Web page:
Faith Temple COGiC member Joe Walker (left) dribbles toward the basket against the defense of church visitor Dub Hill during the inaugural Hoops For Jesus event on Aug. 24 at the Corrigan church. (Photos courtesy of Faith Temple COGiC)
By Jason Chlapek
CORRIGAN — Though widely known for its successful high school football program, there’s been plenty of basketball played in Corrigan recently.
One can find a group of 10-14 people playing at Corrigan’s Faith Temple Church of God in Christ on a regular basis. Last week, there was a purpose for playing basketball.
Church members Joe Walker, Isaac Freeman and Richard Thomas came up with the concept of Hoops For Jesus.
“It was the first time we’ve done something like this,” Walker said. “There are some guys who play basketball, but never come to church. We made this deal where we play against the guys who don’t go to church and if we win, they come to church for one service. We believe that it only takes one encounter with God to make an impact.”
The format for Hoops For Jesus was one-on-one. A player who is a church guest would call out a member to play one-on-one, or vice versa.
Games were half-court and played to seven points. A basket made inside the arc was worth one point, while a basket made outside the arc was worth two.
“We’ve had the gym open to the public for some time, but once the pandemic hit, we had to slow down,” Walker said. “Now we have it to where there’s about 10-14 guys coming in consistently. We have two great athletic directors in our church — Richard Thomas and Isaac Freeman — and they traveled around the world playing basketball. They bring different people in from all walks of life to play basketball.”
Walker said he was “called out” the most out of any church member. There was a friendly wager during the games.
“(The guests) said if they beat me, I buy them dinner,” Walker said. “But if I beat them, they go to church.”
Walker was involved in a key matchup against visitor Dub Hill. Walker prevailed, 7-3, and Hill will attend church this Sunday.
“We’ve had guys who say if they win they want to go to Red Lobster or a steakhouse or Chicken Express,” Walker said. “When you stick to what you said you would do, you develop trust because you stuck to your word. This is our way of being the church. We still have the doors open so when they come in, we have drinks and food. We call them weekly to check on them.”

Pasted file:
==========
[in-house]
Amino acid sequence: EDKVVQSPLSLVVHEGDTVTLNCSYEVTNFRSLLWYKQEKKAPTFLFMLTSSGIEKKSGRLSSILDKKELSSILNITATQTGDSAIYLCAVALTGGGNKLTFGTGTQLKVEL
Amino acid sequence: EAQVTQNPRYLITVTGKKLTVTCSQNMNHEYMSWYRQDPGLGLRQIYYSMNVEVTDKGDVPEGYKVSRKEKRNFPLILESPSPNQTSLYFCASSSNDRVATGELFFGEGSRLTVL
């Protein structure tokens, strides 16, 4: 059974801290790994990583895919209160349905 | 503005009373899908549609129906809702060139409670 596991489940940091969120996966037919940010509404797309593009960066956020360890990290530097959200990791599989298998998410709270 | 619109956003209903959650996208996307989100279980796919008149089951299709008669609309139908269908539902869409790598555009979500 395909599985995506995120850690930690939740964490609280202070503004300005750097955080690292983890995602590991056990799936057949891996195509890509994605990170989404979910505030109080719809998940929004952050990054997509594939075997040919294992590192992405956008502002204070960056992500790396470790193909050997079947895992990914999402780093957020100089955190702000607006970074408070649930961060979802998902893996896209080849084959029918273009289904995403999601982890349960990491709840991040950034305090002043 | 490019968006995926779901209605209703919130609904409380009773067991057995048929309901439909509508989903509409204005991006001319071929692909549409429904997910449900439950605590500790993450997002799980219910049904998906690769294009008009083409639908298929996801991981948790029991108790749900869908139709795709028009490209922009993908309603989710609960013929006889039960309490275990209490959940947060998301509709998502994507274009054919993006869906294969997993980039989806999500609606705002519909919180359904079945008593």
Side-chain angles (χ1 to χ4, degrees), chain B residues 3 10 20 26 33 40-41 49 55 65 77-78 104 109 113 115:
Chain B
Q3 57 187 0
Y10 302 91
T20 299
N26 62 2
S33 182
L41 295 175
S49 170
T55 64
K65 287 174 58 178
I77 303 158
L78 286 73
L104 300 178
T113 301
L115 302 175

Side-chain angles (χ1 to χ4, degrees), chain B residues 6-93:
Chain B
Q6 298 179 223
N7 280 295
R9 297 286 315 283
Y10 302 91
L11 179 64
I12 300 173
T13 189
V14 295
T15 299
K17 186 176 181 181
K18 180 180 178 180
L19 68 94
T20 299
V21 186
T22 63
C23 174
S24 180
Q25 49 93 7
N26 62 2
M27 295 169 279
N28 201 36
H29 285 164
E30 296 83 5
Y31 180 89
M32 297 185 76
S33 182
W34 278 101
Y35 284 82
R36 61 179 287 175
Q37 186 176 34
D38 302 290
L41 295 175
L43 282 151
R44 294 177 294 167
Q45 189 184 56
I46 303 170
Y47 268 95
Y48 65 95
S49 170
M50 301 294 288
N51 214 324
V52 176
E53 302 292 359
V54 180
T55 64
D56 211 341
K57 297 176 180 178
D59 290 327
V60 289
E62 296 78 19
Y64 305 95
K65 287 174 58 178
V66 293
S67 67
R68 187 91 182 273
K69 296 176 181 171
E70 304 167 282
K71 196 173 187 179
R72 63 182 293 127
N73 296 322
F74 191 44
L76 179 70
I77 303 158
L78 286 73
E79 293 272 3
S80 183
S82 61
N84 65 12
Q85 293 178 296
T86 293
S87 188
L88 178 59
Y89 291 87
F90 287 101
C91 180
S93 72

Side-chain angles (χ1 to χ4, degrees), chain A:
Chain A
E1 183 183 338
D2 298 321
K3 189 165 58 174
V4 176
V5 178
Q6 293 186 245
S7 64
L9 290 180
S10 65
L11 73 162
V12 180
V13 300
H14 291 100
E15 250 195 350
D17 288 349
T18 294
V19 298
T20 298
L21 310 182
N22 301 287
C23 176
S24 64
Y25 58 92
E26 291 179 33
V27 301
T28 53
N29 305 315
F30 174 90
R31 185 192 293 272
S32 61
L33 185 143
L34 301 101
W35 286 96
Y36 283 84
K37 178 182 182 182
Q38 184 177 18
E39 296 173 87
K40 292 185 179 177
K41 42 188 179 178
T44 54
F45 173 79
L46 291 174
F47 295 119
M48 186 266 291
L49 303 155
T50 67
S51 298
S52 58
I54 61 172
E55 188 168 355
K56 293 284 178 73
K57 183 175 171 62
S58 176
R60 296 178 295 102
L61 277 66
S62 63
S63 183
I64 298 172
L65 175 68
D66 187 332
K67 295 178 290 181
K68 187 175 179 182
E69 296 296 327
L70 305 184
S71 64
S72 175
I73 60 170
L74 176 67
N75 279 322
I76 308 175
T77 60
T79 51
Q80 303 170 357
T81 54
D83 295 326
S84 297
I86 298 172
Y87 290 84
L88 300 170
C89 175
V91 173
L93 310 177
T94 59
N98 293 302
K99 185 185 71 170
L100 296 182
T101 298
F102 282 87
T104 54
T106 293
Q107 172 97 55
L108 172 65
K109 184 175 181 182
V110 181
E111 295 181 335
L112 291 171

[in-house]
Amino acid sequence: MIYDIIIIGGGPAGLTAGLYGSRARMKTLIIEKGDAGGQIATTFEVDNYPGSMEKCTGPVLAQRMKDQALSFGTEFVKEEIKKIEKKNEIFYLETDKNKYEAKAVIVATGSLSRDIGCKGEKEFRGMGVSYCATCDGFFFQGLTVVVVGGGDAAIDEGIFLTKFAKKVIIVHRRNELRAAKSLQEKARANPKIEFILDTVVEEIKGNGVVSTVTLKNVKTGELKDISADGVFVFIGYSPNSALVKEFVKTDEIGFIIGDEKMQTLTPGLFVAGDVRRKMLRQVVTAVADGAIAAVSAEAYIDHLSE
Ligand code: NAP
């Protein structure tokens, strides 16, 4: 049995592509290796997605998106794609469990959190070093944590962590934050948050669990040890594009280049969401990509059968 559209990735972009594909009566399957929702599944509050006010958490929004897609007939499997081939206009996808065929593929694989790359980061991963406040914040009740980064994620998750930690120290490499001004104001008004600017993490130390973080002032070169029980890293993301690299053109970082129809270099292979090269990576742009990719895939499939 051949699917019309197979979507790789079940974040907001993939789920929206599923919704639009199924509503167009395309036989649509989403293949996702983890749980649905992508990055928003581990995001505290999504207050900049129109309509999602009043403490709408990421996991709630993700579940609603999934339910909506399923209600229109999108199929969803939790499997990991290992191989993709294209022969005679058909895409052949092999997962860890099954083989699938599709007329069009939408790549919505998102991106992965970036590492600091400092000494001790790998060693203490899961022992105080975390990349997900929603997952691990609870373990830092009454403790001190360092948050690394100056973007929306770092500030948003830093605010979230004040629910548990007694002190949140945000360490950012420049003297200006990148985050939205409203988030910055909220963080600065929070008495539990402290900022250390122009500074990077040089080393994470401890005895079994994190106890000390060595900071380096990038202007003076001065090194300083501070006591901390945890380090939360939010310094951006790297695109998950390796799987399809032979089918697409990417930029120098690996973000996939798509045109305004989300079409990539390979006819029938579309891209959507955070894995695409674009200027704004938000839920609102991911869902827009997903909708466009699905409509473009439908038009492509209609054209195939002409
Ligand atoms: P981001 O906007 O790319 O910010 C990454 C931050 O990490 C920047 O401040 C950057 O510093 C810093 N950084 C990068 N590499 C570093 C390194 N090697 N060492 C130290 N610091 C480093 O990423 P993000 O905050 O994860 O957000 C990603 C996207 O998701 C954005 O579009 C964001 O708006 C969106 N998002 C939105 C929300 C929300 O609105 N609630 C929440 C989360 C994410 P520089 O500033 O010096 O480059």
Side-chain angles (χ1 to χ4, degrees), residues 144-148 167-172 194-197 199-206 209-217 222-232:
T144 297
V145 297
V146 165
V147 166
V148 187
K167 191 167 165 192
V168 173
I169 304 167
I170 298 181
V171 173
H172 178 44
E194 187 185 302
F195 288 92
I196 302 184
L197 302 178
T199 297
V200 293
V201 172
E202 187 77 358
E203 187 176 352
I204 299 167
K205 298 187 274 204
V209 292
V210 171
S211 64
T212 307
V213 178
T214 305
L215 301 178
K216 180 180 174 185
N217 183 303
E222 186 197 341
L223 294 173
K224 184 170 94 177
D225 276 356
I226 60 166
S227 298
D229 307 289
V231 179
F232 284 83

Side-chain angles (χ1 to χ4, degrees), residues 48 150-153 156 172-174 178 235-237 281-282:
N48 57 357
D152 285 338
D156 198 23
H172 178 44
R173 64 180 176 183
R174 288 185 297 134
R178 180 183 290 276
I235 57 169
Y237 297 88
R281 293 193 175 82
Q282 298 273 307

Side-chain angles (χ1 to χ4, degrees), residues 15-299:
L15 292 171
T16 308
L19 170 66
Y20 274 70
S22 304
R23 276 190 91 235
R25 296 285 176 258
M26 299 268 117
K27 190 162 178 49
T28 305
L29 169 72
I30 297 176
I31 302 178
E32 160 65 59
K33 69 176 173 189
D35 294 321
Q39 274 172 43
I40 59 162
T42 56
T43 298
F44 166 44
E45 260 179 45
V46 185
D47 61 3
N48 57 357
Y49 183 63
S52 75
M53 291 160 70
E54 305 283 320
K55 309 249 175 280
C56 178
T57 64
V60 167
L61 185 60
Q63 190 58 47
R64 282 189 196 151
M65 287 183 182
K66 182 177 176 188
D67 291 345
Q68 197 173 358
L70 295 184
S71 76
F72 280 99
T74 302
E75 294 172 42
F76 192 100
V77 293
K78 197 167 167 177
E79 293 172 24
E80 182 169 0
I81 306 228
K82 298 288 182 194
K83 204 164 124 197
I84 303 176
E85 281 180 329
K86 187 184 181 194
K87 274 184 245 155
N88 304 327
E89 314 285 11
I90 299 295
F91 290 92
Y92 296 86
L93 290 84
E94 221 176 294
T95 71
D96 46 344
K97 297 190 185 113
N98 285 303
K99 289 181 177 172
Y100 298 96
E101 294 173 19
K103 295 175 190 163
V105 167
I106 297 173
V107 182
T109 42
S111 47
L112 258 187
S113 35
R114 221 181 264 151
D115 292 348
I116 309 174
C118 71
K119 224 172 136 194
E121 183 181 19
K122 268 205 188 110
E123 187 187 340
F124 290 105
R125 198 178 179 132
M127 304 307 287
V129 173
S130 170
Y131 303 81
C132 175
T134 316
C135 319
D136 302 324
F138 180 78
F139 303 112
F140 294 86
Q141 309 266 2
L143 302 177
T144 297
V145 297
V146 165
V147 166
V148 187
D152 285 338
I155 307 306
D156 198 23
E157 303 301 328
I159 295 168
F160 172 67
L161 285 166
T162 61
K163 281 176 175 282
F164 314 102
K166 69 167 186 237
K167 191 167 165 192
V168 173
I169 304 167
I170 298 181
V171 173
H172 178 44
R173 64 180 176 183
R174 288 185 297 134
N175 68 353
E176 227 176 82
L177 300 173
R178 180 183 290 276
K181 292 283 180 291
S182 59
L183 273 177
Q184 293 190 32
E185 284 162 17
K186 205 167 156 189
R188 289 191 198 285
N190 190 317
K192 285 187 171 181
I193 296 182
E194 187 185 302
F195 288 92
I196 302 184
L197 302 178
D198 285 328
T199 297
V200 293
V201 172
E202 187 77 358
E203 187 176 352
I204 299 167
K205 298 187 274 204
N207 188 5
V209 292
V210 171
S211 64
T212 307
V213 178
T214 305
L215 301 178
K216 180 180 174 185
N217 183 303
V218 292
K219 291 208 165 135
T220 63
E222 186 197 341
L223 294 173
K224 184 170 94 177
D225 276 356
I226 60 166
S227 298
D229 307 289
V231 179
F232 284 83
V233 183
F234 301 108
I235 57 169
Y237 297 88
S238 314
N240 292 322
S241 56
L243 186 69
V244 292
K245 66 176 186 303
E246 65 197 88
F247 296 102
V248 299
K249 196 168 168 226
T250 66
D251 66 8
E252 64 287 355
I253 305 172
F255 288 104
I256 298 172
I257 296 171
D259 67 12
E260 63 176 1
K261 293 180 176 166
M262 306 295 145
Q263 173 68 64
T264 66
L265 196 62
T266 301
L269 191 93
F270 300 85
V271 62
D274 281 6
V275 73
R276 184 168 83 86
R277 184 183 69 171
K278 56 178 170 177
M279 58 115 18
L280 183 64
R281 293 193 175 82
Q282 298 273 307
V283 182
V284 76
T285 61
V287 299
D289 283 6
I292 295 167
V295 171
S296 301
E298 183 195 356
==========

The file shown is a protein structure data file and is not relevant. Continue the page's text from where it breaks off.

Walker said the church has other ways of ministering besides basketball. He also said Covid-19 has altered the way they worship.
“We normally have a Sunday morning service and a Sunday evening service,” Walker said. “Since Covid-19 hit, we have a small gathering in our parking lot. We have to stay in our cars and have our facemarks on. The only one out of the car is our pastor. He stands in a tent with a shield and facemark. This works out pretty good because people on the streets can hear us and we’re not just inside a wall. We have a Home for a Mission group that goes out to all of the nursing homes and the hospitals in Lufkin. We get our choirs out and sing, we give out food on Thanksgiving and back to the community.”
Being in Corrigan along the US Highway 59 corridor, Walker believes his church is blessed because of geography. This also makes ministry to other places along US 59 easier to reach.
“Geography and location help us out because we’re located on a highway where many people are constantly passing by,” Walker said. “By us being right there on the highway, it helps us out a lot. We have a guy in Nacogdoches who contracted the coronavirus. Some of the people from our church sent out food and prayers.”
Faith Temple COGIC has two locations in Corrigan — the original location at 814 Martin Luther King Jr. Drive and another is on US 59 South. Once human interactions can pick up again, Walker believes the new multipurpose building will be a great addition to the church.
“With the multipurpose building, we can push the goals to the side and bring in chairs that seat up to 600-800 people for a service,” he said. “We’re still working to get the multipurpose building up to standard, but Covid has slowed down construction.”
While Walker and the others who regularly play basketball enjoy it, he knows there’s a bigger purpose.
“This is bigger than basketball, but we want to show them what the church is supposed to exemplify,” he said.